Kidney disease is common among older cats. When Patches starts getting up there, you'll want to monitor her kidney function with veterinary blood tests. Nine values provide information about present health; over time, changes in the values from one test to the next help gauge kidney function and more.
Blood Urea Nitrogen
Blood urea nitrogen is a waste product passed through the kidneys. A normal BUN level is 14 to 36 mg/dL. If Patches' diet has changed, it's more apt to be shown in the BUN. If she's dehydrated, it can cause the BUN to creep higher, because she doesn't have ample fluid to excrete the waste.
Creatinine, also a waste product, is the second key indicator of overall kidney health. The normal creatinine level in a cat with healthy kidneys is between 0.6 and 2.4 mg/dL. A higher reading indicates overall declining kidney health. Typically, when both BUN and creatinine are elevated, about 30 percent of kidney function remains.
Phosphorus is an important mineral for all cats, but it's easy for cats with kidney disease to have too much of it. As kidneys deteriorate, it's more difficult for them to process phosphorus. High levels of phosphorus can make kidney disease worse, so it should be monitored regularly. A normal phosphorus range is 2.4 to 8.2 mg/dL.
Calcium, Sodium and Potassium
Calcium is measured in relationship to phosphorus; a healthy ratio is between 1-to-1 and 2-to-1, calcium to phosphorus. Calcium levels will rise when a cat with compromised kidneys doesn't process phosphorus effectively. Cats with renal failure have a difficult time excreting sufficient sodium, which can lead to hypertension. The normal ranges for this mineral is between 145 and 158 mEq/L. Insufficient potassium, called hypokalemia, can be a problem for the cat with kidney disease, leading to nausea and frequent urination. The normal potassium range is between 3.4 and 5.6 mEq/L.
Amylase, Cholesterol and Packed Cell Volume (PCV)
Amylase is an enzyme produced by the pancreas. Some vets believe an elevated level beyond the normal 100 u/L to 1,200 u/L range can be a precursor to kidney failure before other symptoms show up. Cholesterol levels need monitoring, because some cats experience higher levels if they have kidney disease; a normal range for a cat is 75 to 220. The PCV, or HCT, is monitored for potential anemia, a common occurrence in cats with kidney issues. A normal PCV is 29 percent to 48 percent red blood cells.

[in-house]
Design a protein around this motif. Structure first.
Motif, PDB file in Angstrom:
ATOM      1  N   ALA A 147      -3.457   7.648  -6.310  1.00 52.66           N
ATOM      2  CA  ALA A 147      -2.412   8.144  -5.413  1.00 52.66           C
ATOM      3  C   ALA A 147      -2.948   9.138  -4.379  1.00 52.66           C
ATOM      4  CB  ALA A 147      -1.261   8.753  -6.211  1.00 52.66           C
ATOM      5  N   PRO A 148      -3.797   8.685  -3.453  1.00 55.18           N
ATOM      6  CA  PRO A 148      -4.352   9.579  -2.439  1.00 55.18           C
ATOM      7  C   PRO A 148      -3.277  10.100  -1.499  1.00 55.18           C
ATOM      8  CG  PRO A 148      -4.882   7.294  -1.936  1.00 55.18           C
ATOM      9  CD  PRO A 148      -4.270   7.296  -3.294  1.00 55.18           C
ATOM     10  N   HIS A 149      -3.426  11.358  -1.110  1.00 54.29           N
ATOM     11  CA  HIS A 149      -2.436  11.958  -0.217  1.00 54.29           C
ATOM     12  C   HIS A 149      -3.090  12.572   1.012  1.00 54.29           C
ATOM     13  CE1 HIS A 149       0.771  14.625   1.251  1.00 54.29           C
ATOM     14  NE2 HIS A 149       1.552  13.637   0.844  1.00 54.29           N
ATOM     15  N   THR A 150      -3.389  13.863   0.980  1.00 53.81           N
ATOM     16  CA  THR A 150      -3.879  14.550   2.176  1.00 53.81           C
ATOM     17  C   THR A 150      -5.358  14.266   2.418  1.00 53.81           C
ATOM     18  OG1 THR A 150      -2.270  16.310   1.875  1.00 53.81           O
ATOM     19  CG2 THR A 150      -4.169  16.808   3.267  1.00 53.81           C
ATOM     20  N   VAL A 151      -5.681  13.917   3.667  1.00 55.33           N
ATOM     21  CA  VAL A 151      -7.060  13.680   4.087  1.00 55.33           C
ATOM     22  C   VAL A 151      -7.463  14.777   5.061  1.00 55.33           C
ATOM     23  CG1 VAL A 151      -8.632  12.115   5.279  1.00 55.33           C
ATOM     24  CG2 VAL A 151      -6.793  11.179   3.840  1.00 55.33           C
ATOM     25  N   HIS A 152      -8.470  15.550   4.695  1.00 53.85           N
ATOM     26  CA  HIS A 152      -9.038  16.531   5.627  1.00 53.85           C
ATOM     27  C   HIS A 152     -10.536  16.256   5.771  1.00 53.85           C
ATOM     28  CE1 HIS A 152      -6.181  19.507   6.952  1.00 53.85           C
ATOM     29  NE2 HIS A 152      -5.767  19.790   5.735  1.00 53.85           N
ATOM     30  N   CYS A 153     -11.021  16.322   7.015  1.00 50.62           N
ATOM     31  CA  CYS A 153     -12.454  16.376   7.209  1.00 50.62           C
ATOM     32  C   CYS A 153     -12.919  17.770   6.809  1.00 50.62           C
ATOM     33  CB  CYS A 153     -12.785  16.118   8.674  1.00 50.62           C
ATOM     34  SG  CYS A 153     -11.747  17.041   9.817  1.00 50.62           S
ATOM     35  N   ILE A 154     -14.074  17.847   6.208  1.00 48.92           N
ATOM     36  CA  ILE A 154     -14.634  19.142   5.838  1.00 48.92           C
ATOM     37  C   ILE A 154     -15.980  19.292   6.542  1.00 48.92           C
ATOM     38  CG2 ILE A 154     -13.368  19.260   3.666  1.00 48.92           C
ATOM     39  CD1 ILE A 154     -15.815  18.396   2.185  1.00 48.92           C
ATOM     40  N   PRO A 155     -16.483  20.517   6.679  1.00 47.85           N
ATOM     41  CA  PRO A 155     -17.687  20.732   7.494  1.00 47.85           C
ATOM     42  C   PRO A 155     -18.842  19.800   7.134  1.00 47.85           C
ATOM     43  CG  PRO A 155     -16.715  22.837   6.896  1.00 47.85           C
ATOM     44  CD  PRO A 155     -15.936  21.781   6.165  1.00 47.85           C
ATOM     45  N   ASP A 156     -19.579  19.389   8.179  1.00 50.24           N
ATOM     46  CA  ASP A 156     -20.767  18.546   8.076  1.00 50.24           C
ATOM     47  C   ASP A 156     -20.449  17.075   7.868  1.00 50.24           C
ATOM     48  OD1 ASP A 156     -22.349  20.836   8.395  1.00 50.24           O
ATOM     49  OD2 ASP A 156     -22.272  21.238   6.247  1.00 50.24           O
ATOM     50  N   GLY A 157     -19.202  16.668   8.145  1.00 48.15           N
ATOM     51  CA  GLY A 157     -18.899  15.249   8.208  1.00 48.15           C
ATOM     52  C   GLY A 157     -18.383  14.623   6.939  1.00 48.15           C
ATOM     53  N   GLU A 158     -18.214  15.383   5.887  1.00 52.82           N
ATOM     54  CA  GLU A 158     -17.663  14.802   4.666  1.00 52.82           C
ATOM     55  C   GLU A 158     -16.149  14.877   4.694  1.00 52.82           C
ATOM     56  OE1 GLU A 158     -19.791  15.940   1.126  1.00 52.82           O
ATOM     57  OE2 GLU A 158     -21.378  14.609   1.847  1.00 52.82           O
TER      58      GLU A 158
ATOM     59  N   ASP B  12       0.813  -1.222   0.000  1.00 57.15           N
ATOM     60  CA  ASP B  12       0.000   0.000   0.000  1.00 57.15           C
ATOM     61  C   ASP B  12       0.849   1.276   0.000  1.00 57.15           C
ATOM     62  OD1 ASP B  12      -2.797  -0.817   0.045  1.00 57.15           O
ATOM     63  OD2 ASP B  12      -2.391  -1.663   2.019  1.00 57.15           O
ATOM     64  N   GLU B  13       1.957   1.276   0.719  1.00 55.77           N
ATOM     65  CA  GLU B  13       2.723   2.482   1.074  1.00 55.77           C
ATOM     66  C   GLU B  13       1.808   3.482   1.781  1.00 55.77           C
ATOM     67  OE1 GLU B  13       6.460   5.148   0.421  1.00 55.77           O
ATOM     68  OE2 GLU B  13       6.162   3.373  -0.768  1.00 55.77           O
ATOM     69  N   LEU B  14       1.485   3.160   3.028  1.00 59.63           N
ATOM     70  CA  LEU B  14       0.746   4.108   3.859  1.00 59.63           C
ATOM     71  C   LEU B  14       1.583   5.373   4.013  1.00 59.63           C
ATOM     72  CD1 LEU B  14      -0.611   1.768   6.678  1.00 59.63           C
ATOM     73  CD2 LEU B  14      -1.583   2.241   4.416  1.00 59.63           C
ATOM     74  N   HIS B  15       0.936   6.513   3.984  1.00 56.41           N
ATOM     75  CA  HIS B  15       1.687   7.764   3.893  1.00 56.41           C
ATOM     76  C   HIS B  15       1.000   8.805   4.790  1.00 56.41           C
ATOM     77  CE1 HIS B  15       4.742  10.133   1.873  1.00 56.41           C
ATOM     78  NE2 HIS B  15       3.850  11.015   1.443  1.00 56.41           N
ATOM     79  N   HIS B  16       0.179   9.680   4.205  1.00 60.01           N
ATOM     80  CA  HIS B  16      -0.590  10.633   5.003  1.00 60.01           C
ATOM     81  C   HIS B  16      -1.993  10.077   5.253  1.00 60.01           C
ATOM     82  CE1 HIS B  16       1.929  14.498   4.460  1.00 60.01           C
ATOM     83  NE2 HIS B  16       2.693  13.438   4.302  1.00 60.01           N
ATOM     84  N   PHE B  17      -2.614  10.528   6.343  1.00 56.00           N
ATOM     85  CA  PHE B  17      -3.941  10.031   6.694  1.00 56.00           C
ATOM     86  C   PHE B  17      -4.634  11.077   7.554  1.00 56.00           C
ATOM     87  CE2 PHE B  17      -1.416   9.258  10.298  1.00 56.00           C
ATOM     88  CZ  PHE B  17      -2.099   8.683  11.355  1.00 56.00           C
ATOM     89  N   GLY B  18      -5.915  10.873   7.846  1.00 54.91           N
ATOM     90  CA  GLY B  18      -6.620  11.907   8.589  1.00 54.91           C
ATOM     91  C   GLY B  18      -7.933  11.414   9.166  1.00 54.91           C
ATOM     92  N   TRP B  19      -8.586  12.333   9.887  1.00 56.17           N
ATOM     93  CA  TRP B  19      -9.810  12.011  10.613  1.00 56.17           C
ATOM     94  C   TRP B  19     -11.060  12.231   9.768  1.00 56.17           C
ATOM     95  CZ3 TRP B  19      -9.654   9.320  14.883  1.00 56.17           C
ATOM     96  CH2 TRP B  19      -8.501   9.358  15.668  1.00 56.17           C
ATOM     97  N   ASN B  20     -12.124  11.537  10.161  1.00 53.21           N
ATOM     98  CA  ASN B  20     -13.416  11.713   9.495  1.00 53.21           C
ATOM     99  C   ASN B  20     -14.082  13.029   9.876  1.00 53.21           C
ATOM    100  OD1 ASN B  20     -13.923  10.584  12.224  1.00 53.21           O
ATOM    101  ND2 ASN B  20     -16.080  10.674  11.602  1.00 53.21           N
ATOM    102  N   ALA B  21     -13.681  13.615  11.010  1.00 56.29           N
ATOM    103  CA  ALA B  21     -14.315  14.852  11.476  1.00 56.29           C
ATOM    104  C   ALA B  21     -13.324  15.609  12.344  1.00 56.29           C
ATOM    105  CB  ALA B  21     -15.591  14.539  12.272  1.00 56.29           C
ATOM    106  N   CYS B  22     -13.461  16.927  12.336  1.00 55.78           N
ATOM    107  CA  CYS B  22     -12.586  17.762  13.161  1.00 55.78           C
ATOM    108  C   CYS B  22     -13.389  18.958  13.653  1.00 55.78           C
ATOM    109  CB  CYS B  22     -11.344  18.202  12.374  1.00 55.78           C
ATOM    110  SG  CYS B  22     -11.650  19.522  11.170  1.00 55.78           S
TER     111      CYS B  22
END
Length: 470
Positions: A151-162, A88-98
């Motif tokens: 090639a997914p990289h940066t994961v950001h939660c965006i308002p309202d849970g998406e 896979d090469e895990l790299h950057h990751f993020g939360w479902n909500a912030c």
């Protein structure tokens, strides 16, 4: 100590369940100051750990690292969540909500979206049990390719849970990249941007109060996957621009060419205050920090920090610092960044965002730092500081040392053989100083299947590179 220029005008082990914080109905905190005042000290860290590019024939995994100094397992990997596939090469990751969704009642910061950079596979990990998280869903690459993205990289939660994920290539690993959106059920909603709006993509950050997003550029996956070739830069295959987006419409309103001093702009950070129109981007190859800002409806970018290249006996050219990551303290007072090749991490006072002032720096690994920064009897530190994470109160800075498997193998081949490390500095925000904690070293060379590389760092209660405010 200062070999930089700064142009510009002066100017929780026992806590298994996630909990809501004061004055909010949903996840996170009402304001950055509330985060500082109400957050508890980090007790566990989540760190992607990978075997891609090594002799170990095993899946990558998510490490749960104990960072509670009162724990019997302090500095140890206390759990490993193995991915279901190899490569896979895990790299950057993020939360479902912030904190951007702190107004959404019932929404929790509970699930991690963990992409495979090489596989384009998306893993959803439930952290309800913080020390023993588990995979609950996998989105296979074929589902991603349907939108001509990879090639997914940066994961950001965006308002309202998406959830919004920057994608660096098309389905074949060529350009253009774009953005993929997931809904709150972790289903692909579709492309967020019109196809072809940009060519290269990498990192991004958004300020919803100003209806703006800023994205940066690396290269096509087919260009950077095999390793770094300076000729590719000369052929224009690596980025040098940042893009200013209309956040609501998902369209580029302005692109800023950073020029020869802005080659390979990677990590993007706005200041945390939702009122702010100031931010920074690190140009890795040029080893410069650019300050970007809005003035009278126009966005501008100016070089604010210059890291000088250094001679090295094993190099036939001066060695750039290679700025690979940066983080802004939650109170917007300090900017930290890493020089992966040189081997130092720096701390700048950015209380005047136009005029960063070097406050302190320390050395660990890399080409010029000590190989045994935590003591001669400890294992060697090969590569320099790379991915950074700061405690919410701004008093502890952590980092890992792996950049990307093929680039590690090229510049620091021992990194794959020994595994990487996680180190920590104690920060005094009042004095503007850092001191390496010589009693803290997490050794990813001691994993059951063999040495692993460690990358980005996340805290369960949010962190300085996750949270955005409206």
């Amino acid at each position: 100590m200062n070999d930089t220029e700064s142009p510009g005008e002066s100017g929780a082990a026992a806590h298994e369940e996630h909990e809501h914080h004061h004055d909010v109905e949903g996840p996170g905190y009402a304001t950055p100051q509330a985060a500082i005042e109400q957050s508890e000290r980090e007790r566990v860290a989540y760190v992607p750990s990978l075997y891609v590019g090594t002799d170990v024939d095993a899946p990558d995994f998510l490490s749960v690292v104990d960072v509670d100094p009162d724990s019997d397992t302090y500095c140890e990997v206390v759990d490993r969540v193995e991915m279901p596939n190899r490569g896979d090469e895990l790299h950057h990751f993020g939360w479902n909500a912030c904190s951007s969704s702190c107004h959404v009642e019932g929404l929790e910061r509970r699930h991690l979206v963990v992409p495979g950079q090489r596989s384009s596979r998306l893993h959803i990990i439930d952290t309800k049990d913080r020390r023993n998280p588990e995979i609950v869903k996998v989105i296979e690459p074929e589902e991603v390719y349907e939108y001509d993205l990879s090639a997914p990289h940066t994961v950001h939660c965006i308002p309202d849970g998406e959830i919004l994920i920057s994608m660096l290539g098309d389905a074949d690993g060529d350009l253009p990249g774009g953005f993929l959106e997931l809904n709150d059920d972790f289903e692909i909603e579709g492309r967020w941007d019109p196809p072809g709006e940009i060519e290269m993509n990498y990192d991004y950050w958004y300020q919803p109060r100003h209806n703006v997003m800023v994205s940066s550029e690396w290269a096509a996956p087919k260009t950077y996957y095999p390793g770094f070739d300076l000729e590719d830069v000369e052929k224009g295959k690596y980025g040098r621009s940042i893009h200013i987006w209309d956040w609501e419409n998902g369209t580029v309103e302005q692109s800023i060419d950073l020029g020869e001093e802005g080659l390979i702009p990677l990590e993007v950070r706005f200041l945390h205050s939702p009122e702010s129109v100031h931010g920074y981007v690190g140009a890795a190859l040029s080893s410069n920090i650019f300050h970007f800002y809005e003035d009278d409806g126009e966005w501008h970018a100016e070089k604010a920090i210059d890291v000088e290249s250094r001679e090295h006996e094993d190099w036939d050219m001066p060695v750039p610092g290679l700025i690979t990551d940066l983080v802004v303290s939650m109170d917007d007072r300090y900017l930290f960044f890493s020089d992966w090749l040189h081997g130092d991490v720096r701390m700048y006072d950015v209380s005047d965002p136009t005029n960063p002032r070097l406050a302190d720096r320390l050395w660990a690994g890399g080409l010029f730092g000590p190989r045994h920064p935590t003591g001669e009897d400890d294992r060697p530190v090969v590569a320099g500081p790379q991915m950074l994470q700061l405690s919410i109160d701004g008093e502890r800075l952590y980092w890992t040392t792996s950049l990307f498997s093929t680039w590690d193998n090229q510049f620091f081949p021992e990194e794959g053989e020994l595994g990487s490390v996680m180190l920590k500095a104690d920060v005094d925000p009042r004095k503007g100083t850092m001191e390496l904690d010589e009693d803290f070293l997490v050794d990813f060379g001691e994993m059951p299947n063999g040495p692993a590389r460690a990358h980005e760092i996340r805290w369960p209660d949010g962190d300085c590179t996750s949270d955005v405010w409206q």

What the Results Mean
One isolated test or high value isn't reason to panic. A variety of factors influence lab work, including how stressed Patches was when the blood work took place and how recently she ate or drank. Track lab tests over time. Though the individual values are important, the long-term trends of her values give a much fuller picture of overall health and individual health issues. Tracking all indicators over time will give you and your vet valuable information to help Patches manage her kidney disease.
Always check with your veterinarian before changing your pet’s diet, medication, or physical activity routines. This information is not a substitute for a vet’s opinion.
- Tanya's Comprehensive Guide to Feline Kidney Disease: How Bad Is It?
- Manhattan Cat Specialists: Chronic Renal Failure
- PetMD: Kidney Failure in Cats
- Feline CRF Information Center: Tests and Diagnostics
- 2nd Chance.info: Normal Feline & Canine Blood Chemistry Values Blood, Temperature , Urine and Other Values for Your Dog and Cat